A new park in Sainte-Flavie to fight against coastal erosion

Tuesday, the Solidarity Fund FTQ announced a financial contribution of $30,000 to the Friends of Reford Gardens for the realization of this pilot project, in conjunction with the City of Sainte-Flavie.

The mobilization, the number of people behind this project and the quality of the people involved impressed us. So when the Vice-President of the Regional Solidarity Funds FTQ of the region, David Lord told us about it, we said ”go, let’s go!”launches the President and Chief Executive Officer of the Solidarity Fund FTQJanie C. Béïque.

Janie C. Beique.

Janie C. Béïque adds that climate change is very close to her heart.

Photo: Radio-Canada / Francois Gagnon

According to the mayor of Sainte-Flavie, the coastal park project could cost several thousand dollars.

It’s a great project for us. »

A quote from Jean-François Fortin, Mayor of Sainte-Flavie

It is a priority, for him, that the vacant land that will house the park be redeveloped so that citizens can benefit from it.

It is a park that will allow us to better understand our territory by installing plants by the sea that will allow us to learn and at the same time be an educational project for other communities who have to adapt to climate changeexplains Mr. Fortin.

The mayor of Sainte-Flavie, Jean-François Fortin, the president and chief executive officer of the Fonds de solidarité FTQ, Janie C. Beïque, the director of Les Jardins de Métis, Alexander Reford, and the vice-president of the Fonds régional solidarité FTQ , David Lord.

This project in response to climate change is carried out in conjunction with the City of Sainte-Flavie.

Photo: Radio-Canada / Francois Gagnon

He recalls that the sector was particularly damaged by the high tides of December 2010. Since then, climate change has affected the territory more accentuated.

At the time, we were victims of these climatic changes, so we want to do a bit of judo with this reality and say ”no, we are able to be in motion, in action’ and not not be victims, but rather actors of this change, of this important resilience of our communities”raises the mayor.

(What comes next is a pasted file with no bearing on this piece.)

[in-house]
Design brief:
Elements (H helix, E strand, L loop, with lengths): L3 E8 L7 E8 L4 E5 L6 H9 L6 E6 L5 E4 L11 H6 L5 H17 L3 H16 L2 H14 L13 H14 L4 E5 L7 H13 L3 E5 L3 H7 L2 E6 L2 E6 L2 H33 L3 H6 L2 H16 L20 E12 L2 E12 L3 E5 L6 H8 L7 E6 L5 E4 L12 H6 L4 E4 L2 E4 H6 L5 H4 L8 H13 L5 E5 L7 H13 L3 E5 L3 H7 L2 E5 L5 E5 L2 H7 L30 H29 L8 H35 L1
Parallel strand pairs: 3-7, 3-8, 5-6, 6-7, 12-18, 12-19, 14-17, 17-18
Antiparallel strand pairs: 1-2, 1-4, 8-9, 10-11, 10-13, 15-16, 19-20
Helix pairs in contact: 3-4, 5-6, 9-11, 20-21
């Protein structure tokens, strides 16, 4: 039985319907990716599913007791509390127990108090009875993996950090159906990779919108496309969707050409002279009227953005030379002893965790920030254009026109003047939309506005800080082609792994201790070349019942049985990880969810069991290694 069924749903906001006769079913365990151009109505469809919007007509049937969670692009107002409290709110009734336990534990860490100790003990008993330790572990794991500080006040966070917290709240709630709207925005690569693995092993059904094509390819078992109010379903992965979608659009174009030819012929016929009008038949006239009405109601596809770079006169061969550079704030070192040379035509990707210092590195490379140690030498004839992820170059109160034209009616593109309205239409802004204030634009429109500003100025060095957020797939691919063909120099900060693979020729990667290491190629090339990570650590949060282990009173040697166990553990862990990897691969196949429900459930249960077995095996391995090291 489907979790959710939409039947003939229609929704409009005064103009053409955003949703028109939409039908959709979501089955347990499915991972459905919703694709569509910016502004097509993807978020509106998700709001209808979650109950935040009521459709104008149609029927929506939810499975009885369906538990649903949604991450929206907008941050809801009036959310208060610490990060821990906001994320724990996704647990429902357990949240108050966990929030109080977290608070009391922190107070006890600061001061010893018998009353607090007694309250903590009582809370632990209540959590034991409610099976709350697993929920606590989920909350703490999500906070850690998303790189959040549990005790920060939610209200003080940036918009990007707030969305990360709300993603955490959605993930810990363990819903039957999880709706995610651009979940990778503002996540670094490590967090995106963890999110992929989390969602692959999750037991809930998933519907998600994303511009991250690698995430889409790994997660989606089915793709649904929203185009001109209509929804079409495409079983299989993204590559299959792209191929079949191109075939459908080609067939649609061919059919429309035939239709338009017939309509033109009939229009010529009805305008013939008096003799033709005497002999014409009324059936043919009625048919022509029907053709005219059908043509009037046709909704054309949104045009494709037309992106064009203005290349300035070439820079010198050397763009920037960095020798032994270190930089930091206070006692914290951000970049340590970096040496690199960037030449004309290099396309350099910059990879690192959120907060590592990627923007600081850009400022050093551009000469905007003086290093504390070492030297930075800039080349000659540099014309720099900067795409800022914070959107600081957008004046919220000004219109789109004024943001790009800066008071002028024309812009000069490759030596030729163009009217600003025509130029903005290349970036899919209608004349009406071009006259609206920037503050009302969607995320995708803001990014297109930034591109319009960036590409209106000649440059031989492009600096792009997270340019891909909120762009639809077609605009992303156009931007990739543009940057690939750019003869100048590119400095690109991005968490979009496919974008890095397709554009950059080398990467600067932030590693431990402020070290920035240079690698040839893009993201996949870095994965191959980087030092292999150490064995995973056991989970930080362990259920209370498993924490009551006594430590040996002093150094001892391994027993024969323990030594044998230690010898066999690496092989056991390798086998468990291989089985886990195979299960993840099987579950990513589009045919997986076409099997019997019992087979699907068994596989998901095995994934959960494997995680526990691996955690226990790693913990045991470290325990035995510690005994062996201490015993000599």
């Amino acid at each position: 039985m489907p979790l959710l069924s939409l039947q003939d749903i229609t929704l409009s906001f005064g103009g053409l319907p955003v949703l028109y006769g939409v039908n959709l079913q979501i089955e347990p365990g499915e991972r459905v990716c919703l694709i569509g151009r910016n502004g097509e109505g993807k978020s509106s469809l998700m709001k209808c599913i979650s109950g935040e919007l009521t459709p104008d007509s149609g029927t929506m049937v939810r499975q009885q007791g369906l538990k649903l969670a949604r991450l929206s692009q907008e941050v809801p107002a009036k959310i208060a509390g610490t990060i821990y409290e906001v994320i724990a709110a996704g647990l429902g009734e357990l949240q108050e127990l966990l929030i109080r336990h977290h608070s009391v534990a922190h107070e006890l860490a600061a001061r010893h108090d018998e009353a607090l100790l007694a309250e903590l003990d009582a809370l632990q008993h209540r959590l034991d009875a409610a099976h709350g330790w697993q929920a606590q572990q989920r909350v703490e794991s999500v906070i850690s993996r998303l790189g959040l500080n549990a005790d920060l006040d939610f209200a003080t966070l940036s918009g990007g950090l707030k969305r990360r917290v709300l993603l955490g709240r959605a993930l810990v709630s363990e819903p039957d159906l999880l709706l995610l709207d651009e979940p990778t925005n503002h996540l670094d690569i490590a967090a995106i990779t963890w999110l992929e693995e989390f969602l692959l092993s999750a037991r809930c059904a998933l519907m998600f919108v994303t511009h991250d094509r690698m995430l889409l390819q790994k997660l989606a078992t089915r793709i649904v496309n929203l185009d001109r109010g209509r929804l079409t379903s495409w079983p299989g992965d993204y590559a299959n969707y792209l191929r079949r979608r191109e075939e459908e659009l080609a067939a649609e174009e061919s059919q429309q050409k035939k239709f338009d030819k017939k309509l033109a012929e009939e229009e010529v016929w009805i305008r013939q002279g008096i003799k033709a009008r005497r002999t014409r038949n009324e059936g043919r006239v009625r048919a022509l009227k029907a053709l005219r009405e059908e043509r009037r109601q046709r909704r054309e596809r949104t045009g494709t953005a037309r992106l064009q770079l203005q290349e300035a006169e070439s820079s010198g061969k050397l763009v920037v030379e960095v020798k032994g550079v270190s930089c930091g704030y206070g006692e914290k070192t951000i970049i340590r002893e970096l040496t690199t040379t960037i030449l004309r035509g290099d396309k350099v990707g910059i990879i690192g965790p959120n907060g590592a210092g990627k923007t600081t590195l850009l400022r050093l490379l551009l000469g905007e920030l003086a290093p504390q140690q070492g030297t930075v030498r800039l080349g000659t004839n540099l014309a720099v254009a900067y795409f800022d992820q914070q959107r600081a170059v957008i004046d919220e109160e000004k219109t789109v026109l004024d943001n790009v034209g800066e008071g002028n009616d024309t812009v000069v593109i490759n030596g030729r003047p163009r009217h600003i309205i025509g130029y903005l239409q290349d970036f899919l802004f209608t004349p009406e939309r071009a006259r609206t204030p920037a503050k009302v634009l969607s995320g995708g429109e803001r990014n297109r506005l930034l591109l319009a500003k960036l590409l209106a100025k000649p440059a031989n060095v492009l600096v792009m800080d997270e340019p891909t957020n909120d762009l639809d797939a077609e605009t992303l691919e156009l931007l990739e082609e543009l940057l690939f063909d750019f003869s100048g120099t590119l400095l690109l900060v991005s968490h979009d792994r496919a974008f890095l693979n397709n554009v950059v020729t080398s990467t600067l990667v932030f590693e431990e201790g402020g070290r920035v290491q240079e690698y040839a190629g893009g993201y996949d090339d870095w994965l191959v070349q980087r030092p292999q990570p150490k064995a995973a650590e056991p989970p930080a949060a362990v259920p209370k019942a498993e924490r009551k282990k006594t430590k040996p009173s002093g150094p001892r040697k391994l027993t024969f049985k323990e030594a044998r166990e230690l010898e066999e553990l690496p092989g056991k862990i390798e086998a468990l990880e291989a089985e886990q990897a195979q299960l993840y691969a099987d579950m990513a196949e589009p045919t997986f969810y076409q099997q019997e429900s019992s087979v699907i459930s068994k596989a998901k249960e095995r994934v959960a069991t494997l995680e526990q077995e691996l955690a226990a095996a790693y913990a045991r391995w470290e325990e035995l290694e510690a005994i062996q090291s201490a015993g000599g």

Jean-Francois Fortin.

Jean-François Fortin is proud of this project.

Photo: Jean-Pierre Perouma

This kind of pedagogical project allows us […] to enable our communities to be better equipped. »

A quote from Jean-François Fortin, Mayor of Sainte-Flavie

He estimates that starting in August, the coastal park will be open to the public.

Plants that hold the coastline

With the expertise of Les Jardins de Métis, part of the park will be converted into a garden of native plants specially chosen for their ability to retain the banks.

Since 2012, we have created a project called the coastal nursery. It is above all to produce wild lyme, which is a native plant that resists well. The root is very long, so it stabilizes the coastal area and brings a certain beautymentions the director of Reford Gardens, Alexander Reford.

Alexander Reford.

Alexander Reford believes that these plants are all designed to hold back the banks.

Photo: Radio-Canada / Francois Gagnon

In this project, we imagine implementing this massively, in addition to edible seaside plants. Then, we want to set up an educational space to try, test and popularize why these plants are important to protect. »

A quote from Alexander Reford, director of the Reford Gardens

A buffer zone, with malleable installations, will also be put in place to prevent the overflows of the river from causing damage.

According to him, this approach could inspire the restoration of other sites affected by coastal erosion in Eastern Quebec.

It’s a respectful, realistic and inexpensive ecosystem approach, so all of this means that if it works well, it’s a pilot project that will be able to be implemented in other places with similar conditions.he argues.

A woman and a man are walking down a flowery alley.

The Reford Gardens are located in Grand-Métis in Bas-Saint-Laurent (archives).

Photo: Radio-Canada

The Montreal landscape architect, Rosetta Elkin, participated in the creation of this development.

Alexander Reford confirms that the latter will be visiting Sainte-Flavie in July with her students from the Brooklyn landscaping program to study and document the banks as part of a project where she compares fifty similar places around the world.

With information from Jean-Philippe Guilbault


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